However, this temporary senior moment would raise at least three meaningful questions about the art market’s survivalquestions that will be more urgent than ever because of the rapid resurgence of the virus. With the US averaging more than 130,000 new infections daily during the two-week period that ended last Friday, and even New York imposing new restrictions to try to head off catastrophe, I’m convinced the heartening activity we saw in Gotham’s galleries between Labor Day and Halloween won’t be around much longer. (True, dealers in Germany and France have so far been allowed to stay open even as a second round of government lockdowns shuttered museums, but their for-profit counterparts in the UK haven’t been as fortunate.) 

If the pandemic roars back so ferociously that many younger collectors no longer feel safe visiting galleries this winter, buyers’ widespread distaste for online viewing rooms means that vaccinated senior collectors would take on outsize importance. Their fates will be impacted, if not determined, partly by the following trio of unknowns…

A Nick Cave Soundsuit at the 2016 Armory Show. Photo: Timothy A. Clary/AFP/Getty Images.

A Nick Cave Soundsuit at the 2016 Armory Show. Photo: Timothy A. Clary/AFP/Getty Images.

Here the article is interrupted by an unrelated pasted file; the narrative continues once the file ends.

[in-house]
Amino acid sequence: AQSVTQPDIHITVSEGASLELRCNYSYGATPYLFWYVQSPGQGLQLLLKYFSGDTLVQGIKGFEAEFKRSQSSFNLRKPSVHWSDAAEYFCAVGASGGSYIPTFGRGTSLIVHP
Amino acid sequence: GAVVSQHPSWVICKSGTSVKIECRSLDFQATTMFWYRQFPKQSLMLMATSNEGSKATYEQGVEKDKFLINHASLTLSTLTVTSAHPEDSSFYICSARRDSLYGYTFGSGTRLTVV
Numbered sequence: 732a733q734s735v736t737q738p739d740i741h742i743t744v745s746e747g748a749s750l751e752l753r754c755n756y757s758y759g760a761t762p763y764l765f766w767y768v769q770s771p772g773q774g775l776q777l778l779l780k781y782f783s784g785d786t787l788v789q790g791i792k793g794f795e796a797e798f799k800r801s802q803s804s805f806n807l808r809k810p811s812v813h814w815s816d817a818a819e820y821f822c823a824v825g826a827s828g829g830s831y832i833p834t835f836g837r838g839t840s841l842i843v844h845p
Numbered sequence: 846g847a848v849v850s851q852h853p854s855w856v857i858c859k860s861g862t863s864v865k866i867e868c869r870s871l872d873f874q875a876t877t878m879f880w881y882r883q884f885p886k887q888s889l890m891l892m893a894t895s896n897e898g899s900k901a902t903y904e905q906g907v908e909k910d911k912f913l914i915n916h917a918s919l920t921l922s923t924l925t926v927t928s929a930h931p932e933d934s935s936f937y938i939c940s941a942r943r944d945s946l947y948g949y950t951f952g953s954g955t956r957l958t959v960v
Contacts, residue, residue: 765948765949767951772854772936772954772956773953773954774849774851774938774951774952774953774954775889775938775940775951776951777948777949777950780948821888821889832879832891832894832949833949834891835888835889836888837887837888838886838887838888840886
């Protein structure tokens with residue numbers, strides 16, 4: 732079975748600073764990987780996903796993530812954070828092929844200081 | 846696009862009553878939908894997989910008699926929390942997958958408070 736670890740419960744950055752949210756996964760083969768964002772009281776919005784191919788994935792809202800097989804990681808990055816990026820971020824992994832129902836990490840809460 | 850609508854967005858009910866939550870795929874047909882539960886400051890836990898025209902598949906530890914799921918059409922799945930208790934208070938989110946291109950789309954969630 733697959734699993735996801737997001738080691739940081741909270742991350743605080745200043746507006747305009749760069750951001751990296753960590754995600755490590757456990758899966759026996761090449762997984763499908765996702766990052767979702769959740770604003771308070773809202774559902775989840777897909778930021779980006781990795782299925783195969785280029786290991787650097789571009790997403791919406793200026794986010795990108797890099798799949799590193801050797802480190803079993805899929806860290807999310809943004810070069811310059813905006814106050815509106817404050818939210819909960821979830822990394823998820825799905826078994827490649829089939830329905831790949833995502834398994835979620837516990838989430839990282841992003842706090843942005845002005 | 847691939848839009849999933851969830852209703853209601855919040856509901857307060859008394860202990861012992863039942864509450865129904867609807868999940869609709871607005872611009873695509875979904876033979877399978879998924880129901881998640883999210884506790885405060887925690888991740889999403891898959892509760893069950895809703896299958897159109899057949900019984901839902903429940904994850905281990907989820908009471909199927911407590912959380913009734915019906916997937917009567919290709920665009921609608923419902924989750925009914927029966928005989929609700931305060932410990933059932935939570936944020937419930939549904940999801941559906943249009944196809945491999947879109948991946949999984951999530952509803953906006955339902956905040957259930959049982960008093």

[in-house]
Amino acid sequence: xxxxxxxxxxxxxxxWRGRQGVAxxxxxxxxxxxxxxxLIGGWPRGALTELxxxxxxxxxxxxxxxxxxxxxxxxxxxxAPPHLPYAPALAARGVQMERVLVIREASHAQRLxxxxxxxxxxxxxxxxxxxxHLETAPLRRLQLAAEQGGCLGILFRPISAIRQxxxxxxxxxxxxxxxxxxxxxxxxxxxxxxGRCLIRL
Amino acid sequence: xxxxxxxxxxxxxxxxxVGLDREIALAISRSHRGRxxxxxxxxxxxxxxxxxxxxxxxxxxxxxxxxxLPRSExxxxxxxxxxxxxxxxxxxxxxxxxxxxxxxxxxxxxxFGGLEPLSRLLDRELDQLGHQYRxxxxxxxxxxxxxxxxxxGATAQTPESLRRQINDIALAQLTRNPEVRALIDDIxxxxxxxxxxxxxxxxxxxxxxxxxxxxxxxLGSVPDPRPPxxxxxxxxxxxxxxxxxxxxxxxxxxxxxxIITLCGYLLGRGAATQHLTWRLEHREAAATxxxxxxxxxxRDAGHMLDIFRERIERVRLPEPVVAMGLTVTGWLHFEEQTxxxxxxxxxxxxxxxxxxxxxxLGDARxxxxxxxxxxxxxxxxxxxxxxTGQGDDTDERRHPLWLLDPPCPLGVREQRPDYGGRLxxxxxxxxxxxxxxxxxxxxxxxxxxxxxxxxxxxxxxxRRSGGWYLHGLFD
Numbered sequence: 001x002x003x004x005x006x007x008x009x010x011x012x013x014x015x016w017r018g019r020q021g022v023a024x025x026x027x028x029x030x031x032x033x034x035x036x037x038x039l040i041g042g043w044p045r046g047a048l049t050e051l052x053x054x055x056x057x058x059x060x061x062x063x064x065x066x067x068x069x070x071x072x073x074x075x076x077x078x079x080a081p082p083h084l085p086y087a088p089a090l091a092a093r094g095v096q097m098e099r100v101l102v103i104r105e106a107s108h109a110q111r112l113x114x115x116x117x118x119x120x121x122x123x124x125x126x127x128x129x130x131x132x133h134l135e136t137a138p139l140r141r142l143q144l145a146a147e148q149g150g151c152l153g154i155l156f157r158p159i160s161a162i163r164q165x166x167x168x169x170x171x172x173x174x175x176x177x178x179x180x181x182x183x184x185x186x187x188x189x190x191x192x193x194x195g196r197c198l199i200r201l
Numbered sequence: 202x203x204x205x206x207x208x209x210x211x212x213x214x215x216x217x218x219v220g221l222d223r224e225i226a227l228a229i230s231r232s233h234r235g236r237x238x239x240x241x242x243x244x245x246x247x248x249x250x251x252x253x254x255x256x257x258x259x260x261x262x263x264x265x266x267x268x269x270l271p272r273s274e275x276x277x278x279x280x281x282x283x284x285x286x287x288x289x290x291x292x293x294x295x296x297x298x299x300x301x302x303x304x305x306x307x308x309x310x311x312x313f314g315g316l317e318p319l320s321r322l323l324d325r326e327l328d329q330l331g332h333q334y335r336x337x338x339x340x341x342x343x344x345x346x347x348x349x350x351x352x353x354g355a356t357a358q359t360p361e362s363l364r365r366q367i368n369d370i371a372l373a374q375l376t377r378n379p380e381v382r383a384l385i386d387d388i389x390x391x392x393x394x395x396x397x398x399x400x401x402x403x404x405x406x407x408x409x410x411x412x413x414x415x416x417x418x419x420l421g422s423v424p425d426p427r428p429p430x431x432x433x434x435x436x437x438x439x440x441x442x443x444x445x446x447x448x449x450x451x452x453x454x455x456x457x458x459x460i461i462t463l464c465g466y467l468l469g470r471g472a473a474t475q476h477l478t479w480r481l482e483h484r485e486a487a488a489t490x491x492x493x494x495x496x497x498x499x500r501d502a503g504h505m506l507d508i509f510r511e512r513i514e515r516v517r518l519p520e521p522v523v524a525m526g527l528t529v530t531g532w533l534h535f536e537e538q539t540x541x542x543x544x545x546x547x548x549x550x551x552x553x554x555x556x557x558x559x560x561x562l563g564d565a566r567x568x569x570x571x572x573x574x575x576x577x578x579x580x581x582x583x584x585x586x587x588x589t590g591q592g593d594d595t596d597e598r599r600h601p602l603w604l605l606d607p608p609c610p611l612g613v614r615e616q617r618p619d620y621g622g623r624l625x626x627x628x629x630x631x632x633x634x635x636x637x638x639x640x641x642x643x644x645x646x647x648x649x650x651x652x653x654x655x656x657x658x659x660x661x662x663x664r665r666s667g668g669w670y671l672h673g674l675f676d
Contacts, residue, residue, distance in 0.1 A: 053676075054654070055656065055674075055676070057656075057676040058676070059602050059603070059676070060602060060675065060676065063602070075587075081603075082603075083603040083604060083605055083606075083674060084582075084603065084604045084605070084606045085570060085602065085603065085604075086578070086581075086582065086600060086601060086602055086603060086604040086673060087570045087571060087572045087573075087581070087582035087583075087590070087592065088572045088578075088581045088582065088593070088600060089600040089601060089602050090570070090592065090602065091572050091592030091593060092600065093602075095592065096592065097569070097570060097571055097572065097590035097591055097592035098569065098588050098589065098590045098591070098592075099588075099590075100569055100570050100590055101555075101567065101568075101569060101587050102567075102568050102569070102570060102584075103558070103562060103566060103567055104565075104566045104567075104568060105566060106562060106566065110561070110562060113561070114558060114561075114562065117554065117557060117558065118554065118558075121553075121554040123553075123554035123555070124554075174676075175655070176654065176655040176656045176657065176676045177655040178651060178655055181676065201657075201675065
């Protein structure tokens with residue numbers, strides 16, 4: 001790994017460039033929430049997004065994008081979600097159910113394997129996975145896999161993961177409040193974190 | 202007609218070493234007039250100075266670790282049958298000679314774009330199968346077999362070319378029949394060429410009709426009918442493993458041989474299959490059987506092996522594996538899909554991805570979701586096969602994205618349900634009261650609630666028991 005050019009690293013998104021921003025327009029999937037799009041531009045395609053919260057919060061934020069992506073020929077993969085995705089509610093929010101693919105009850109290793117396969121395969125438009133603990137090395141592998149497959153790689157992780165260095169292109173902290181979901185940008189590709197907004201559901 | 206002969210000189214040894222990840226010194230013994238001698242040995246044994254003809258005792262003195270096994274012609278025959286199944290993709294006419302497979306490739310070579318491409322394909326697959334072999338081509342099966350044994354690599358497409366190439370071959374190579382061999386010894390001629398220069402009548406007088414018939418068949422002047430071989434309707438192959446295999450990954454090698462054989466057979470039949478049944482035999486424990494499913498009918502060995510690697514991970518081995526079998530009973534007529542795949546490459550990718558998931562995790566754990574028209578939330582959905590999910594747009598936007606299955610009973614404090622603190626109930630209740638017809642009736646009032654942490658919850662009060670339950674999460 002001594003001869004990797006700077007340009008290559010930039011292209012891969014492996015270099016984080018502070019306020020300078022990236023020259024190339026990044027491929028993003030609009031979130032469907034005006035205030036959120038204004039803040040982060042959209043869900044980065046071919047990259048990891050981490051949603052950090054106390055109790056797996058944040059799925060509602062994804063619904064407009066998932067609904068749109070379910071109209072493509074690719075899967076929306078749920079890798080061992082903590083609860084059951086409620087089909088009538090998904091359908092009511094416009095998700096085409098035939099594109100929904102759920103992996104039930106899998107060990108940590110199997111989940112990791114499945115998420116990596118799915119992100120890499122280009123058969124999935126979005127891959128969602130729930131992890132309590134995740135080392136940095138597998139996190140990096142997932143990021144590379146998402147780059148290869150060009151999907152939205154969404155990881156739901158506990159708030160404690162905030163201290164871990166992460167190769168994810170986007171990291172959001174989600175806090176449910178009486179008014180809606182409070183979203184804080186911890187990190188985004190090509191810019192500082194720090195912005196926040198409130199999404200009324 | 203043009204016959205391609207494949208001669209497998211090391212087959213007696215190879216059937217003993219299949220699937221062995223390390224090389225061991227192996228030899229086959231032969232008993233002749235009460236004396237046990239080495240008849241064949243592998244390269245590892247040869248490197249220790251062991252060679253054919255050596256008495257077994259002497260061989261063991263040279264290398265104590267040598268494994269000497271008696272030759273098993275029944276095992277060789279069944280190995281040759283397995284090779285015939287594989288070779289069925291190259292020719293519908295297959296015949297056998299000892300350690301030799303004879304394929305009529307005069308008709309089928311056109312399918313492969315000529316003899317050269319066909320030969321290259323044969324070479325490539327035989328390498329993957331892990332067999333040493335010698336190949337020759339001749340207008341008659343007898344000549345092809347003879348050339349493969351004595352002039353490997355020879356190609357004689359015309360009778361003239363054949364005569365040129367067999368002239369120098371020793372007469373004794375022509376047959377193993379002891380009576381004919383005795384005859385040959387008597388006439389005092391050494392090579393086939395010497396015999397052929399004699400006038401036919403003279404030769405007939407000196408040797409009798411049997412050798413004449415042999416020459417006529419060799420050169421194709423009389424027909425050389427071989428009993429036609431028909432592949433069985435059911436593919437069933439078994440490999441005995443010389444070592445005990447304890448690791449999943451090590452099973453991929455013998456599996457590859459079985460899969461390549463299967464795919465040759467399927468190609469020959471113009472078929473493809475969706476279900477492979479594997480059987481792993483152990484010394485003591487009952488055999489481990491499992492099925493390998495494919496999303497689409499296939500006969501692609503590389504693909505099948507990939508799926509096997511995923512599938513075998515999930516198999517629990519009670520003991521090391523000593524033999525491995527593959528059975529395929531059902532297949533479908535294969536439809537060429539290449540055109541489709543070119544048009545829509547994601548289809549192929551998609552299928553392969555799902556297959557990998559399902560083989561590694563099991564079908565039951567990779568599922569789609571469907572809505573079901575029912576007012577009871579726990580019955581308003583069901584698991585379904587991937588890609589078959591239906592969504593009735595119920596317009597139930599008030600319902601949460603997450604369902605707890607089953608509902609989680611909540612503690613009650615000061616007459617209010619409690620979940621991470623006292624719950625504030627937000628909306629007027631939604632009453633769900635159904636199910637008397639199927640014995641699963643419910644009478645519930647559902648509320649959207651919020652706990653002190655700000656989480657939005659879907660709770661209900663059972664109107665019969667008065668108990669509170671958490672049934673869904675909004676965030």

1. How adventurous will older collectors be in terms of the artists and galleries they patronize?

There’s a stereotype that buyers in and above their 60s tend to prefer established artists, high-end galleries, and “safe” artworks… but it’s not always earned. Some of the longest-tenured collectors I know double as the most rabid supporters of emerging talent, scrappy dealers, and radical acquisitions, largely because they understand how crucial those constituents are to the stability of the overall gallery ecosystem. How widely this attitude permeates the gray wave could help determine how many of the ecosystem’s more vulnerable species weather the cold.

2. How widely will older collectors be willing to travel?

My sense is that the supposed benefits of returning to a more localized art world haven’t really materialized many places in the virus-ravaged West other than New York and possibly London. If I’m right, this puts a premium on enticing committed collectors to board planes for IRL viewings. I would expect galleries clustered in other cities, both permanently and in new seasonal outposts like Palm Beach, to band together to organize field trips for vaccinated VIPs. Fairs are likely to cooperate with these efforts, too, as a way of providing value to their exhibitors while public-health restrictions keep the events themselves on ice. But how appealing these sojourns will be remains an open question.